It's been a bad couple of weeks for Colin Poole, the chief executive of Claims Direct. After a primetime television roasting from Anne Robinson on BBC's Watchdog who accused the company of charging high premiums, he was grilled by industry experts at the Insurance Times Claims Debate. Mike Cooper reports....

Claims Direct found itself in the firing line at the Insurance Times Claims Debate. A number of topics were covered by the distinguished panel, including the culture of claims handling, the effect of conditional fee agreements (CFA) on claims costs and premiums, and the question of whether these costs should be regulated. But, despite the wide-ranging brief, there was one subject that the panel kept coming back to – the effect the UK's most successful claims management company is having on the industry.

Debate chairwoman Georgina Squire, head of litigation at solicitors Rosling King, kick-started the discussion by asking if the insurance industry was being driven by a compensation culture.

Chris Ward, managing director of Accident Line, said that from his experience claims were rising: "People are more aware of their legal rights and want to be able to seek access to justice. That has fuelled where we are today."

Claims on the up
Charles Wright, UK general manager of DAS, thought there had been no watershed date for this change. He said: "Claims have been cranking up over the last 15 years. More people are expecting more money for less serious injuries." While he did not think any one factor was to blame for the rise, Wright believed the state was in part responsible by its increasingly nannying approach.

Claims Direct chief executive, Colin Poole, turned the compensation culture debate on its head. He said the real issue was social responsibility. He acknowledged that some people in the insurance industry had pointed the finger at claims companies for rising claims costs. But, he said Claims Direct was not deserving of this blame.

He said: "We are not promoting small claims. It is the British stiff upper lip of struggling on with an injury which has gone."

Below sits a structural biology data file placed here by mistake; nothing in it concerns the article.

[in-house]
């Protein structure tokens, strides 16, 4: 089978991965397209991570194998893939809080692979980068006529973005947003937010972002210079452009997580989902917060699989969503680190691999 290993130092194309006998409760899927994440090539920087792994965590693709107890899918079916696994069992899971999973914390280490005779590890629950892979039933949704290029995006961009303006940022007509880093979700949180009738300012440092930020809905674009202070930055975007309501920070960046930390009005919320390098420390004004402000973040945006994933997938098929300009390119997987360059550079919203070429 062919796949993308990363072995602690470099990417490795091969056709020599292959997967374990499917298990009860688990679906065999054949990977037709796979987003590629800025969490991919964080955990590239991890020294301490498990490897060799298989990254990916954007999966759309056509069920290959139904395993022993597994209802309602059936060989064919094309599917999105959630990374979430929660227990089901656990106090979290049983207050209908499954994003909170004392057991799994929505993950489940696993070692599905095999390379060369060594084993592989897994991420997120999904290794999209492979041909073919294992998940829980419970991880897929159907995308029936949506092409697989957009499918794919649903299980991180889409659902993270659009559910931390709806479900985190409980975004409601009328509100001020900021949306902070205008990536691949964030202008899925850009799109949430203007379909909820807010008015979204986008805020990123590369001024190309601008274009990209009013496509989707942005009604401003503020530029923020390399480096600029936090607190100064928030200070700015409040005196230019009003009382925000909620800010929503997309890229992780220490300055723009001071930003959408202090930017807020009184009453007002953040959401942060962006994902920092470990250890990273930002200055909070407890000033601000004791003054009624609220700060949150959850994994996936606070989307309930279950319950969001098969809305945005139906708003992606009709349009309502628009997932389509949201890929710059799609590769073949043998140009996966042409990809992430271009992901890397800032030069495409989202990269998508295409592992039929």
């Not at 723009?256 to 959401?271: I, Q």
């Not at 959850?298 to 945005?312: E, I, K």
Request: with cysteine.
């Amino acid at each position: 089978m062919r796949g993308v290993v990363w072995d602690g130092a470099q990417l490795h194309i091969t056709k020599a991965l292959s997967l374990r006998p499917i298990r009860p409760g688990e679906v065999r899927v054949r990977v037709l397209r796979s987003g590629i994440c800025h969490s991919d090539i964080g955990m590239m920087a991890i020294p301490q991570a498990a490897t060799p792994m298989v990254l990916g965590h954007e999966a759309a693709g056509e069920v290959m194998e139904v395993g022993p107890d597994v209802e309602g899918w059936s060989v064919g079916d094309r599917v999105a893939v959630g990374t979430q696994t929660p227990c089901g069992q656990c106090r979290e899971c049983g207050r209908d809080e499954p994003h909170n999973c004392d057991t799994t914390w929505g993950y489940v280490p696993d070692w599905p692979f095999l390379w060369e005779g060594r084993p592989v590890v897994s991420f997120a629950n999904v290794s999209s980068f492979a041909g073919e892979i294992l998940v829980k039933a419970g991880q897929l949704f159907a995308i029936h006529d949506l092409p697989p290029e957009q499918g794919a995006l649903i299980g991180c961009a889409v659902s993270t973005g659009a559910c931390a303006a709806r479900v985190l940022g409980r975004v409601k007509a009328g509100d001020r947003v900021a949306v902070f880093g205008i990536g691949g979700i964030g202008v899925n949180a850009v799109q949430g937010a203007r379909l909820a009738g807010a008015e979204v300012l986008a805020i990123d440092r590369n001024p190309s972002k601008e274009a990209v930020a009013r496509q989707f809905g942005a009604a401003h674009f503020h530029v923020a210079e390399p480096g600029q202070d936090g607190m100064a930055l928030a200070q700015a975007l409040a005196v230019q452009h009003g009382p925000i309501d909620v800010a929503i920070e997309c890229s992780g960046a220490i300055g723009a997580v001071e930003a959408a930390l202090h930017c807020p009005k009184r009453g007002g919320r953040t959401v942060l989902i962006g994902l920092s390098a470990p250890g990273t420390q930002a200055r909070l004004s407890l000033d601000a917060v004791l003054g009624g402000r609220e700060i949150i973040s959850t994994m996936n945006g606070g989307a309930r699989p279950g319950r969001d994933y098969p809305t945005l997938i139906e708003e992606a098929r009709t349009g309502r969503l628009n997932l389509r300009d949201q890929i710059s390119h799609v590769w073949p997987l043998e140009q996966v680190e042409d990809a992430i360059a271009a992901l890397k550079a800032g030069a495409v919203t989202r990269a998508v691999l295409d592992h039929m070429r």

Poole said that while his company received approximately 10,000 calls each week, it usually only took on 1,500 of these, with the other 8,500 being told they had no grounds to a claim. Poole said Claims Direct only proceeded with cases that had more than a 51% chance of success. He denied that Claims Direct cherry picked its claims and said its main criteria for taking on cases was that they exceed the small claims court limit of £1,000.

AIG Europe vice-president of casualty claims Arthur Lightbody, disagreed with Poole. He said Britain had built up a compensation culture over the years, much of it inherited from America.

Lightbody stressed that AIG did not have any issue with legitimate awards, but was concerned with the reasonableness of additional legal costs stemming from conditional fee agreements. "Lawyers have been driving up compensation in the US as a result of their taking a cut of an injured party's compensation under no-win, no-fee agreements."

Ward from Accident Line said society would eventually foot the bill for rising claims costs. He said: "The emphasis is being shifted to the defendant's insurer. These costs will ultimately come out of higher premiums as they reflect the heavier risks insurers are carrying."